Leviticus 13:40 Commentary - Ellicott's Commentary for English Readers (Old and New Testaments)

(40) And the man whose hair is fallen off—Better, And if a man loseth the hair of his head. The sixth and last case, discussed in Lev. 13:40-44, is leprosy either at the back or in the front of the head. Though baldness in itself was regarded as a disgrace, and often looked upon as a Divine punishment (2Ki. 2:23; Isa. 3:17; Jer. 48:37), yet the simple fact of the mere falling of the hair is not to be taken as a sign of leprosy.

He is bald; yet is he clean.—Better, if he is backhead bald, he is clean. The baldness mentioned in the first part of the verse in general terms is now more minutely specified as consisting of two kinds of baldness.

Lev. 13:41-42 distinctly show that the word (kçrçach), here translated simply “bald” in the Authorised Version, denotes a person who has lost hair from the crown of his head downwards towards the channel of his neck, as the administrators of the law during the second Temple rightly define it, in contradistinction to the fore baldness which immediately follows.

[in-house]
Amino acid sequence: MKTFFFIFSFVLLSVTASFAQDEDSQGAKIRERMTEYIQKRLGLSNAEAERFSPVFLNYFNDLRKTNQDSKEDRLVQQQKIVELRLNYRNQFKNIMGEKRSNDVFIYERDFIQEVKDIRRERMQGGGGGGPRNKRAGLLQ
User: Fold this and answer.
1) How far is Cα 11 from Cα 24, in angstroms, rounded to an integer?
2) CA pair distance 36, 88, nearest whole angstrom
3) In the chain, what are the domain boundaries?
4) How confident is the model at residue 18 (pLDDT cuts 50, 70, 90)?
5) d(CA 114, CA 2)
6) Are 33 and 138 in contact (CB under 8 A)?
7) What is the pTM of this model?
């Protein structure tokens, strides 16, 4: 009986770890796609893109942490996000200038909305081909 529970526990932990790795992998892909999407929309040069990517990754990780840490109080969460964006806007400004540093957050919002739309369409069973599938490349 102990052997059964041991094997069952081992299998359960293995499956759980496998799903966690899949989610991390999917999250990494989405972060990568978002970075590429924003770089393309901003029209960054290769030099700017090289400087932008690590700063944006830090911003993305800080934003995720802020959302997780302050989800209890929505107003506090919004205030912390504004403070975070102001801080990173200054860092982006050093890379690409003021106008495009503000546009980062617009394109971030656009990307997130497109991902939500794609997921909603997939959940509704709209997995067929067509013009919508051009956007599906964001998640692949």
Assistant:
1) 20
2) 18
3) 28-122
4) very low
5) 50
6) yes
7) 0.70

Consult other comments:

Leviticus 13:40 - The Cambridge Bible for Schools and Colleges

Leviticus 13:40 - Commentary on the Holy Bible by Thomas Coke

Leviticus 13:40 - College Press Bible Study Textbook Series

Leviticus 13:40 - Expository Notes of Dr. Constable (Old and New Testaments)

Leviticus 13:40 - Ellicott's Commentary for English Readers (Old and New Testaments)

Leviticus 13:40 - Garner-Howes Baptist Commentary

Leviticus 13:40 - John Gill's Exposition of the Entire Bible

Leviticus 13:40 - Jamieson, Fausset and Brown's Commentary Critical and Explanatory on the Whole Bible

Leviticus 13:40 - Keil & Delitzsch Commentary on the Old Testament

Leviticus 13:40 - Commentary Series on the Bible by Peter Pett

Leviticus 13:40 - The Treasury of Scripture Knowledge

Leviticus 13:40 - Whedon's Commentary on the Old and New Testaments

Ellicott's Commentary for English Readers (Old and New Testaments)